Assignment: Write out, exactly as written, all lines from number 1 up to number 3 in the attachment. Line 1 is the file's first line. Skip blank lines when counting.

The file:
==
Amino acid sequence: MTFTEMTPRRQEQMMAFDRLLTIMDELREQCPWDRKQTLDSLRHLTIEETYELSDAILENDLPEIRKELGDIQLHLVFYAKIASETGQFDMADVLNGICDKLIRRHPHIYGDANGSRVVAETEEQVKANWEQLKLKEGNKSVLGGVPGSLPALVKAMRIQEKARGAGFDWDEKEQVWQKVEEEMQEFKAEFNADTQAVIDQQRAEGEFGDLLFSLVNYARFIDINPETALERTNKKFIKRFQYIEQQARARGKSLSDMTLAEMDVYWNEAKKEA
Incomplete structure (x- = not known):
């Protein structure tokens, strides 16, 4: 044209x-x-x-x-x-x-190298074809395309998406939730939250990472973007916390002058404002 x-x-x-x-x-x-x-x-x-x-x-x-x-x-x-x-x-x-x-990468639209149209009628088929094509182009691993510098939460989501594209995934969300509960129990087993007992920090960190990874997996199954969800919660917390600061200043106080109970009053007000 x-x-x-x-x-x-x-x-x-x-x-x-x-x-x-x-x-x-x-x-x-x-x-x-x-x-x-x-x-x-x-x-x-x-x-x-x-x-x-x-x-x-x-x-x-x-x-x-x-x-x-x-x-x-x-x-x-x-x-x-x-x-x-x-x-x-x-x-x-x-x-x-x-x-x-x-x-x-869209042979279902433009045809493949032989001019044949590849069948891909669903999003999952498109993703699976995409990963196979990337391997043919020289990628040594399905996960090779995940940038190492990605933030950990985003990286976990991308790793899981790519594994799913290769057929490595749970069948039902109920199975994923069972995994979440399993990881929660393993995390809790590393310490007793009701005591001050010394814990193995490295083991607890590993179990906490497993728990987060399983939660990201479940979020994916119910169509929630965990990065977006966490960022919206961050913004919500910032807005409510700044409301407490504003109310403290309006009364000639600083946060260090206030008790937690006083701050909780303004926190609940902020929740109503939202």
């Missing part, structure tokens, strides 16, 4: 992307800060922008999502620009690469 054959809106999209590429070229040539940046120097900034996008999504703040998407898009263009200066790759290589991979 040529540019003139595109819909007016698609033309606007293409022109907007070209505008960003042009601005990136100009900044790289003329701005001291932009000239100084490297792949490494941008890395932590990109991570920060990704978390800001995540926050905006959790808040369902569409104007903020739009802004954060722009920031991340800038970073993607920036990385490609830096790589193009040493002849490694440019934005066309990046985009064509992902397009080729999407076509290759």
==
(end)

Amino acid sequence: MTFTEMTPRRQEQMMAFDRLLTIMDELREQCPWDRKQTLDSLRHLTIEETYELSDAILENDLPEIRKELGDIQLHLVFYAKIASETGQFDMADVLNGICDKLIRRHPHIYGDANGSRVVAETEEQVKANWEQLKLKEGNKSVLGGVPGSLPALVKAMRIQEKARGAGFDWDEKEQVWQKVEEEMQEFKAEFNADTQAVIDQQRAEGEFGDLLFSLVNYARFIDINPETALERTNKKFIKRFQYIEQQARARGKSLSDMTLAEMDVYWNEAKKEA
Incomplete structure (x- = not known):
């Protein structure tokens, strides 16, 4: 044209x-x-x-x-x-x-190298074809395309998406939730939250990472973007916390002058404002 x-x-x-x-x-x-x-x-x-x-x-x-x-x-x-x-x-x-x-990468639209149209009628088929094509182009691993510098939460989501594209995934969300509960129990087993007992920090960190990874997996199954969800919660917390600061200043106080109970009053007000 x-x-x-x-x-x-x-x-x-x-x-x-x-x-x-x-x-x-x-x-x-x-x-x-x-x-x-x-x-x-x-x-x-x-x-x-x-x-x-x-x-x-x-x-x-x-x-x-x-x-x-x-x-x-x-x-x-x-x-x-x-x-x-x-x-x-x-x-x-x-x-x-x-x-x-x-x-x-869209042979279902433009045809493949032989001019044949590849069948891909669903999003999952498109993703699976995409990963196979990337391997043919020289990628040594399905996960090779995940940038190492990605933030950990985003990286976990991308790793899981790519594994799913290769057929490595749970069948039902109920199975994923069972995994979440399993990881929660393993995390809790590393310490007793009701005591001050010394814990193995490295083991607890590993179990906490497993728990987060399983939660990201479940979020994916119910169509929630965990990065977006966490960022919206961050913004919500910032807005409510700044409301407490504003109310403290309006009364000639600083946060260090206030008790937690006083701050909780303004926190609940902020929740109503939202």